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Ghost in the machine (8/10)
on 13 June 2008
All the acrimony surrounding the release of Yankee Hotel Foxtrot, in which Wilco left Warner/Reprise to resist attempts to make the record more commericially viable, seems bizarre now. For despite its moments of sonic chaos YHF is a great, Beatles-esque, countryfied pop masterpiece with great hooks and immediately indentifiable melodies. `A Ghost is Born', however, is a more genuinely uncompromising prospect, with Sonic Youth member and producer-in-chief Jim O'Rourke adding some of his other band's willfully deconstructive approach to the recording. Where YFH had the air of an album heavily - pleasingly to my ears - embellished with a wide arsenal of sonic trickery, `A Ghost is Born' has a more back-to-basics approach to experimentalism. The album unfurls in an unhurried and arguably more organic manner, with the guitar the main weapon of both dischordance and melody. On tracks like the opener `At Least that's What you Said' hushed acoustic moments and Jef Tweedy's mournful whisper give way to intense squalls of guitar that send shockwaves through the listener. It's a rawer, more expansive set that suggests a band dynamic in ways that its predecessor did not. However, lapses into ghostly near-silence, impounded by the whiter-than-white cover artwork, make it an uneasy listen. There is a blankness, a kind of textural abstraction that makes the album a little hard to grasp. It takes a few listens for the ideas and mood to make themselves apparent where a loose formlessness initially irk.
The songs themselves are not nearly is poppy as those of their predecessor, and some are so willfully obscure as to test the listeners engagement. Two long, largely instrumental passages do not really justify their length - the first `Spiders (Kidsmoke)' drifts by for ten-minutes on a largely unaltered Krautrock rhythm. The little storms improvised-sounding guitar do not sustain the attention and one wonders why such a jam should make it on the final cut of the album. Likewise, the 15-minute (!) `Less than You Think', may be an in-joke, as most of it is a shimmering drone that would test fans of John Cage. Neither of these tracks warrant their inclusion and marr an otherwise absorbing and atmospheric record.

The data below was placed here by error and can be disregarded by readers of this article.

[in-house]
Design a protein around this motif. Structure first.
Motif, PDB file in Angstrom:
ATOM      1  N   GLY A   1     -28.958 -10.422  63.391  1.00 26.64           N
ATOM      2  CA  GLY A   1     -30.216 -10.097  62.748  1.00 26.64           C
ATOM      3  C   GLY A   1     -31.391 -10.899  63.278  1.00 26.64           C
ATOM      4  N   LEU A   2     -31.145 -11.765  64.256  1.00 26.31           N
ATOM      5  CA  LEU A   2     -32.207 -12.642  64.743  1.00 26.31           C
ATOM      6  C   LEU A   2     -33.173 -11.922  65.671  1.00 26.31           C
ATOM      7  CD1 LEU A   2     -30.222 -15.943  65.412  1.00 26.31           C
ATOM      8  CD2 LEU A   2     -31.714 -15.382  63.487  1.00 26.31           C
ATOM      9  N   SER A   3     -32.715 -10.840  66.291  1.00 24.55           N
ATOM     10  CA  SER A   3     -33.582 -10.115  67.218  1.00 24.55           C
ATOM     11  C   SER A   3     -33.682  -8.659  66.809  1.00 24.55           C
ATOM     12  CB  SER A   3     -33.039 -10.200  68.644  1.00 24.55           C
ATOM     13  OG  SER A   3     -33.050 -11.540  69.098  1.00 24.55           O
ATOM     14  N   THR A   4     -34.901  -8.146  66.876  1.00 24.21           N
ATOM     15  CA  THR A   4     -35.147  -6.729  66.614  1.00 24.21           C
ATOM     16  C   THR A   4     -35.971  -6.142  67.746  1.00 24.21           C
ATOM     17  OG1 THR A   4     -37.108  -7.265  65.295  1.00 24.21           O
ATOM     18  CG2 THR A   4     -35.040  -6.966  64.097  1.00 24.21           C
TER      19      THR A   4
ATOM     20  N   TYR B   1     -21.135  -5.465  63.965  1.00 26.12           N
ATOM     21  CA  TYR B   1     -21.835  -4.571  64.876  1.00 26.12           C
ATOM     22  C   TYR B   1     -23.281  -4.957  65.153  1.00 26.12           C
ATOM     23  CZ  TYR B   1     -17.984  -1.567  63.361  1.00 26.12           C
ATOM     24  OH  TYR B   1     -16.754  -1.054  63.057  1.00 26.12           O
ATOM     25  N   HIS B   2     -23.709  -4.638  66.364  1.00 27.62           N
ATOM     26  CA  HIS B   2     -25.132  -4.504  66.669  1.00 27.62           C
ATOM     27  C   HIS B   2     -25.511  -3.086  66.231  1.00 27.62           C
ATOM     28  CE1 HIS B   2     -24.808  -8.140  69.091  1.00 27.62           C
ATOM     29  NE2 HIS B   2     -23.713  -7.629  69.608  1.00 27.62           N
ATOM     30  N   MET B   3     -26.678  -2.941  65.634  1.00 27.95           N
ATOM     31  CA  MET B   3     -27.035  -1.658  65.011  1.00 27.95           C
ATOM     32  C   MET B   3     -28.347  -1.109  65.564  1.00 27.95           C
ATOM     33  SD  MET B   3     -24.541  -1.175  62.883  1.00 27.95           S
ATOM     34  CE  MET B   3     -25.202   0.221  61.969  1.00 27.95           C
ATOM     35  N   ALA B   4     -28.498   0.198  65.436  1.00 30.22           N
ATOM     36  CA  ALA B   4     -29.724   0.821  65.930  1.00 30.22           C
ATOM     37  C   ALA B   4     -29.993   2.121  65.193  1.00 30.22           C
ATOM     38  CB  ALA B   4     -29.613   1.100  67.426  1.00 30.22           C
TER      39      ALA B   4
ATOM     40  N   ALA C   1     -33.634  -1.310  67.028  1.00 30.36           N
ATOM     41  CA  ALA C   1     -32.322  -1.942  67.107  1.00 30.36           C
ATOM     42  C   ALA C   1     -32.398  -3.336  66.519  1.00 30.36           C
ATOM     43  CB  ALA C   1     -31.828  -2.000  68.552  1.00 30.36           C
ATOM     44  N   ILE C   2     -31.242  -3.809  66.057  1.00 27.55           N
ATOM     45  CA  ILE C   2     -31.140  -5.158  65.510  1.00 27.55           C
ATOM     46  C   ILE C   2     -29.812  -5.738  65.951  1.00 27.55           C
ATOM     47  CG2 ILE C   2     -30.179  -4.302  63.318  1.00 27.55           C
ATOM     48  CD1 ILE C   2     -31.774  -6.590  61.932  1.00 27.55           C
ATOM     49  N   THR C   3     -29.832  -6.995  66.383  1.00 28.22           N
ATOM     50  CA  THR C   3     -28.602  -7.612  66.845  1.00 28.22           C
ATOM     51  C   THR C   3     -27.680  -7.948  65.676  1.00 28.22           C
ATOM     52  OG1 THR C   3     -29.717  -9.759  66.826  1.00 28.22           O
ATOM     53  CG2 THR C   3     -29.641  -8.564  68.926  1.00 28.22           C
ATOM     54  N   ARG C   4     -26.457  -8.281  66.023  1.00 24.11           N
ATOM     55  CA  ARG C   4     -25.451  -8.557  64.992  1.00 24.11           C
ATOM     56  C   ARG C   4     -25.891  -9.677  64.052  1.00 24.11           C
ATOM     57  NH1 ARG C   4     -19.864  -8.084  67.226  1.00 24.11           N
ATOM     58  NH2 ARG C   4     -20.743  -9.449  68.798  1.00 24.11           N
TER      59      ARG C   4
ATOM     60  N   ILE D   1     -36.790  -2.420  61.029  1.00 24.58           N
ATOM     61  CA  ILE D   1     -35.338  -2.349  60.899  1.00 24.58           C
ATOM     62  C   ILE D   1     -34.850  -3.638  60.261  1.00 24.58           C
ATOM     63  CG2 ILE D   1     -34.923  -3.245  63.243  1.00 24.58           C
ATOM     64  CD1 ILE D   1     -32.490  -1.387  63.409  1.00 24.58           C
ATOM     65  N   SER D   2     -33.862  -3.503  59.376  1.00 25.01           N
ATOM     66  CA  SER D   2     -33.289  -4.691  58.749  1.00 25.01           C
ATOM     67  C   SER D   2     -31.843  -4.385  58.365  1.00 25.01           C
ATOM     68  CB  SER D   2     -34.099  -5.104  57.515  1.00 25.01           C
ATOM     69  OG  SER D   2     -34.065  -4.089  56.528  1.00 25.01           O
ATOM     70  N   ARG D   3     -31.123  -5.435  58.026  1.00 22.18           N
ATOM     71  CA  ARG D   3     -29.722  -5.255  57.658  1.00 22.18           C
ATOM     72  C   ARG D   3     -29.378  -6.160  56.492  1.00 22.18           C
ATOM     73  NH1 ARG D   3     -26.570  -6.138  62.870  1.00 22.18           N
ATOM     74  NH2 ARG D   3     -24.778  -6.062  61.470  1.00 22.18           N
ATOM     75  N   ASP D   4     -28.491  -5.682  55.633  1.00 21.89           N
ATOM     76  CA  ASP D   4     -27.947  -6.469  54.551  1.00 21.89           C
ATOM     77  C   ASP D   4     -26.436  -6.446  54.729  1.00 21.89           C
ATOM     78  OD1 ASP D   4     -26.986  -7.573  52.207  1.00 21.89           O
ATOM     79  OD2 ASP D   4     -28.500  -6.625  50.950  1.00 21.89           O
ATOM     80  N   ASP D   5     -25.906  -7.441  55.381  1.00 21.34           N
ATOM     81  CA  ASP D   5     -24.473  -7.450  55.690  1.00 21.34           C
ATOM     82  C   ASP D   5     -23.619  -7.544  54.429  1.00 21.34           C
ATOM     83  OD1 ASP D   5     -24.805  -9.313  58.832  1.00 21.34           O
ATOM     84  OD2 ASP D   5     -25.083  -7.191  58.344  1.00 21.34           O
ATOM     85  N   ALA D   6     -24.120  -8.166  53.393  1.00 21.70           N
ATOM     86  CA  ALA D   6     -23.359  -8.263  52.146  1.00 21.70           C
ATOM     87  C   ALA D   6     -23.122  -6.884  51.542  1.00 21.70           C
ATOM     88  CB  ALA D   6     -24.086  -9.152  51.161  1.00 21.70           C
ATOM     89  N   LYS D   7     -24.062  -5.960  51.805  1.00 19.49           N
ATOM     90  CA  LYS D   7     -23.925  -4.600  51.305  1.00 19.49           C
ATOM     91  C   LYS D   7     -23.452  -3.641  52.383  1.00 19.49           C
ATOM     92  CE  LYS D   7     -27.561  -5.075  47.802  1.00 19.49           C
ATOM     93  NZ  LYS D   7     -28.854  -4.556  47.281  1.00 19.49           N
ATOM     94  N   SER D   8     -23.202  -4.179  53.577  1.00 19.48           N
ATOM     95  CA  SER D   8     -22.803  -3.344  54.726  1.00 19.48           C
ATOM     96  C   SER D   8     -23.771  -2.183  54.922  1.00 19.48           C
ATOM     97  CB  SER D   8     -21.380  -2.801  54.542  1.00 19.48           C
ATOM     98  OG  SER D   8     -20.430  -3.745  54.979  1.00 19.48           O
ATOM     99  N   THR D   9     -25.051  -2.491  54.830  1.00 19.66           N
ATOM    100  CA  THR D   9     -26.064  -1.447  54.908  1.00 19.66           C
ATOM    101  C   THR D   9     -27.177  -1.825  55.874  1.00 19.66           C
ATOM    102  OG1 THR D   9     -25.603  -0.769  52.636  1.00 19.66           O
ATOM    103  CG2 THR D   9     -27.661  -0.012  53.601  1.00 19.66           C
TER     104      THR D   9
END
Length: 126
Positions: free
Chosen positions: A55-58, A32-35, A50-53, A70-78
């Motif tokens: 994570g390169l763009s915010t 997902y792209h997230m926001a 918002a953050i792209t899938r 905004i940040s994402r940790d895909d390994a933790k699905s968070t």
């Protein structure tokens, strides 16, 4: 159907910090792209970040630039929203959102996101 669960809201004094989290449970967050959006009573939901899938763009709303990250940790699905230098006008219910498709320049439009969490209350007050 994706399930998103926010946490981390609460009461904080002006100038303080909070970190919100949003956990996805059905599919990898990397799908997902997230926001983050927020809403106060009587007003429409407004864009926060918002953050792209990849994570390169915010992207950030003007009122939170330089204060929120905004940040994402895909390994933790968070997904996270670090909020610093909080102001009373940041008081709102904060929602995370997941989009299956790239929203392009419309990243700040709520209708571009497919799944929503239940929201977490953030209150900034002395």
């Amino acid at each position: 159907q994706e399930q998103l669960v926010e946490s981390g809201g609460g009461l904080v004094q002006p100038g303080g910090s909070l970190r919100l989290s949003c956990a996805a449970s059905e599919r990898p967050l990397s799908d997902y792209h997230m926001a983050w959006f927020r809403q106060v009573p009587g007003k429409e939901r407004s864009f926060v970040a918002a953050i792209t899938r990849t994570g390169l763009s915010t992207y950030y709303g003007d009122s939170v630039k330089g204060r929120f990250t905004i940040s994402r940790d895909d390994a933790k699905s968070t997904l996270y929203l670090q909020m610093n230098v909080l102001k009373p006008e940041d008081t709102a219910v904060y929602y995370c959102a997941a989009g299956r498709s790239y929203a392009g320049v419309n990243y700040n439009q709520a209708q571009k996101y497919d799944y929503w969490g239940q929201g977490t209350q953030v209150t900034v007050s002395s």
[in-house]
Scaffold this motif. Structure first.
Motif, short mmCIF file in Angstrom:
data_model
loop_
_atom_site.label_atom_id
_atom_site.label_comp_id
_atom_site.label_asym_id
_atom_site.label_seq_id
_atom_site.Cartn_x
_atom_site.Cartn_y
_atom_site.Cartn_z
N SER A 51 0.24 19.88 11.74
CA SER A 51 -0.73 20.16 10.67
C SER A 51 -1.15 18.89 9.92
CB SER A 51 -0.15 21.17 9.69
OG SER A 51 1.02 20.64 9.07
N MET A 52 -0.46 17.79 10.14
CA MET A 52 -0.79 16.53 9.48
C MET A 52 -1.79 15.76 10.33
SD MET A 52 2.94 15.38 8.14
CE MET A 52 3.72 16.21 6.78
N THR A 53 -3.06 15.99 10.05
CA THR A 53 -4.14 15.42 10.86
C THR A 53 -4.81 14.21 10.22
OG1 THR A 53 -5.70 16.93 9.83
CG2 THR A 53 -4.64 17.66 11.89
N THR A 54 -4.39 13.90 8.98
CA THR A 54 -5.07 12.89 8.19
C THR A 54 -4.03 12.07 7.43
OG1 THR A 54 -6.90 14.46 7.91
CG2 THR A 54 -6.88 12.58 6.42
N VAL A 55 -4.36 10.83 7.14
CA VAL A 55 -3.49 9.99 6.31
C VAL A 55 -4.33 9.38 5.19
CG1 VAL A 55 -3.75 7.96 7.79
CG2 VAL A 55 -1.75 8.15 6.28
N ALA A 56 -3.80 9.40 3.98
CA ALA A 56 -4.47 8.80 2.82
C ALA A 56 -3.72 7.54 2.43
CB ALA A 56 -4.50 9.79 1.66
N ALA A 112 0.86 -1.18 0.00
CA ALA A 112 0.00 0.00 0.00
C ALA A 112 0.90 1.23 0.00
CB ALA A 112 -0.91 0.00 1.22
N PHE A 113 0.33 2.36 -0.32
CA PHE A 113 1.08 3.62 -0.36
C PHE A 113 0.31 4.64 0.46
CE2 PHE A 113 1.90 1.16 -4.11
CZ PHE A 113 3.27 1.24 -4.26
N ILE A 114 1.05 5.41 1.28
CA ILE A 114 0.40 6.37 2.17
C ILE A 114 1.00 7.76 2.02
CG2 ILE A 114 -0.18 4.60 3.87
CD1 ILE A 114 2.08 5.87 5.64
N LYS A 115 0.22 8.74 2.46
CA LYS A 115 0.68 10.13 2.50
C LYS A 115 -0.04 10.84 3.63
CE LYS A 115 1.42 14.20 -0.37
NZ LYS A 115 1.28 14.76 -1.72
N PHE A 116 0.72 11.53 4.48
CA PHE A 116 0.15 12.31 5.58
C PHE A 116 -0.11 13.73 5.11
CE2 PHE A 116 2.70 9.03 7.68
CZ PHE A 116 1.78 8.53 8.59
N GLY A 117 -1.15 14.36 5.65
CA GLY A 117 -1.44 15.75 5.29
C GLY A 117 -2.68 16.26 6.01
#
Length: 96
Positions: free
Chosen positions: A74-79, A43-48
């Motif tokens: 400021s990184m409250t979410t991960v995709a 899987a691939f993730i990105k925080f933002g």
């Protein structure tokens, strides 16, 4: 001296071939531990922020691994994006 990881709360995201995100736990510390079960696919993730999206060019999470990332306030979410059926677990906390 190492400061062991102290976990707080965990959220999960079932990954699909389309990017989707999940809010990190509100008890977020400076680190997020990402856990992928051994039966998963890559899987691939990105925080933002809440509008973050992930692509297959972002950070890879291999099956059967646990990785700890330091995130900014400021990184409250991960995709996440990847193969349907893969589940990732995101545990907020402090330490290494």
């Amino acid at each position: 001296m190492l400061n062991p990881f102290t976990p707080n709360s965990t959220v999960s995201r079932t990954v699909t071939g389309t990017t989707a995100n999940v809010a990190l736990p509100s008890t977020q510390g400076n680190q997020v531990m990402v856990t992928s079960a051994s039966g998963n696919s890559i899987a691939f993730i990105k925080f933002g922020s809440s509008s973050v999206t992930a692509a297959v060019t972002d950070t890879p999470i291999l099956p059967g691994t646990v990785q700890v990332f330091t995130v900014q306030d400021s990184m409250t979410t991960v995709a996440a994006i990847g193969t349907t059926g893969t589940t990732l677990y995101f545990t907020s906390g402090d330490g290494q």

`Muzzle of Bees' swells from breezy alt-country decorated with a lovely piano refrain into a cacophonous finale with a gorgeous spasm of guitar. `Hummingbird' is a more conventionally Wilco take on Beatles-esque pop, nicely embellished with some jaunty viola at the end. 'Handshake Drugs' slowly works its way out of a plodding non-descript start by building layers of feedback that menace and finally subsume the song in a fog of dissonance. All these tracks seem quite harmless, even bland, on first (even second) listens, but subsequently start to reveal subtle sonic shifts and careful detailing.
If a Ghost is Born is a concept album then, it is the way Wilco subvert the superficial prettiness of their songs with darker atmospheric shades, but with such a stealth to make it initially unnoticeable or ghost-like. This concept is hinted at in the cover artwork, where simple forms like eggshells and screwed-up paper resemble photos but reveal themselves on closer inspection to be very cleverly shaded drawings. The implication seems to be simple that `A Ghost is Born' is melodic pop on the surface, but there is a subtle artistry beneath. Where YFH employed similar strategies with static and radio-interference, A Ghost is Born is more restrained, and sometimes a little too subtle. Arguably Tweedy's songwriting is not on par with the earlier album, and the singing a little too innocuous where sometimes something more muscular is required.
The standout track for me is `Company in My Back', with cryptic lyrics and bittersweet musicianship. The song begins and ends with a halting loop, and the sinister undertones are reflected in the rougher edge of the Tweedy's vocals. While `I'm a Wheel' is a bog-standard rocker, `Theologians' - the de facto title track - is the kind of bluesy, Costello-esque pop, underpinned by thumping piano. The limited edition version of this album includes a handful of live tracks, which might interest completists, and two bonus tracks. One of the latter, Panthers, is easily the equal of the album tracks and probably should have been included over, say, 'Less than You Think'. The kind of spacious indie-pop augmented with simple electronics perfected by Spoon, it's better than the usual fare served up on these CDs but is the only item of interest on disc 2 for me.